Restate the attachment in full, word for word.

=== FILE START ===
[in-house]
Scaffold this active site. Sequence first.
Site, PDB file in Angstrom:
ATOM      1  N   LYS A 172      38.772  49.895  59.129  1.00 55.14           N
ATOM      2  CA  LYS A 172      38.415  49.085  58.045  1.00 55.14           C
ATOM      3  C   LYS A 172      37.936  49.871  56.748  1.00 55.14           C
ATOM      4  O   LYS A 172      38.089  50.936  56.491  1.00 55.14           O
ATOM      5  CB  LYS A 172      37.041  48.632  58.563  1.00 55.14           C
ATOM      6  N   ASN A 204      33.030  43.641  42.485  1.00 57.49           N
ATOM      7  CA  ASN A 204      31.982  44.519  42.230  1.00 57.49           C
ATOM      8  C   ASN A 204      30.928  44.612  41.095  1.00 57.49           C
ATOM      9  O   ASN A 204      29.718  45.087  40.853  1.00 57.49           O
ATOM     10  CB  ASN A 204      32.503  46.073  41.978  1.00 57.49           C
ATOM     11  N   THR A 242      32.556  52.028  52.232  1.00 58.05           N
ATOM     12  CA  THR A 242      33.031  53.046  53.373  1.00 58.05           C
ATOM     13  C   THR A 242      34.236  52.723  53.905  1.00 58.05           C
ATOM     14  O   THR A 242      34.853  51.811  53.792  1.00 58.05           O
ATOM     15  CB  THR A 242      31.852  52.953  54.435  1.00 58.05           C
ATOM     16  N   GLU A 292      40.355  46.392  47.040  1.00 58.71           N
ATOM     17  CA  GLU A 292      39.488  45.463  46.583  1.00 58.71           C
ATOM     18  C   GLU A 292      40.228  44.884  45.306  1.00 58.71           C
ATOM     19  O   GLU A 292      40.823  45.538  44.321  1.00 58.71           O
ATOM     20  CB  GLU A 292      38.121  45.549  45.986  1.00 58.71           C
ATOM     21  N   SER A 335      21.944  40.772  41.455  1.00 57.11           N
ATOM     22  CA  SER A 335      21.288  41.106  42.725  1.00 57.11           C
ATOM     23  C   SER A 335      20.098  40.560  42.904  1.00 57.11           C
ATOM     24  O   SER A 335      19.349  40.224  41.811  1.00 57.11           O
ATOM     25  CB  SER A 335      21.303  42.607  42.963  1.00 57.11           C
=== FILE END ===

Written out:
[in-house]
Scaffold this active site. Sequence first.
Site, PDB file in Angstrom:
ATOM      1  N   LYS A 172      38.772  49.895  59.129  1.00 55.14           N
ATOM      2  CA  LYS A 172      38.415  49.085  58.045  1.00 55.14           C
ATOM      3  C   LYS A 172      37.936  49.871  56.748  1.00 55.14           C
ATOM      4  O   LYS A 172      38.089  50.936  56.491  1.00 55.14           O
ATOM      5  CB  LYS A 172      37.041  48.632  58.563  1.00 55.14           C
ATOM      6  N   ASN A 204      33.030  43.641  42.485  1.00 57.49           N
ATOM      7  CA  ASN A 204      31.982  44.519  42.230  1.00 57.49           C
ATOM      8  C   ASN A 204      30.928  44.612  41.095  1.00 57.49           C
ATOM      9  O   ASN A 204      29.718  45.087  40.853  1.00 57.49           O
ATOM     10  CB  ASN A 204      32.503  46.073  41.978  1.00 57.49           C
ATOM     11  N   THR A 242      32.556  52.028  52.232  1.00 58.05           N
ATOM     12  CA  THR A 242      33.031  53.046  53.373  1.00 58.05           C
ATOM     13  C   THR A 242      34.236  52.723  53.905  1.00 58.05           C
ATOM     14  O   THR A 242      34.853  51.811  53.792  1.00 58.05           O
ATOM     15  CB  THR A 242      31.852  52.953  54.435  1.00 58.05           C
ATOM     16  N   GLU A 292      40.355  46.392  47.040  1.00 58.71           N
ATOM     17  CA  GLU A 292      39.488  45.463  46.583  1.00 58.71           C
ATOM     18  C   GLU A 292      40.228  44.884  45.306  1.00 58.71           C
ATOM     19  O   GLU A 292      40.823  45.538  44.321  1.00 58.71           O
ATOM     20  CB  GLU A 292      38.121  45.549  45.986  1.00 58.71           C
ATOM     21  N   SER A 335      21.944  40.772  41.455  1.00 57.11           N
ATOM     22  CA  SER A 335      21.288  41.106  42.725  1.00 57.11           C
ATOM     23  C   SER A 335      20.098  40.560  42.904  1.00 57.11           C
ATOM     24  O   SER A 335      19.349  40.224  41.811  1.00 57.11           O
ATOM     25  CB  SER A 335      21.303  42.607  42.963  1.00 57.11           C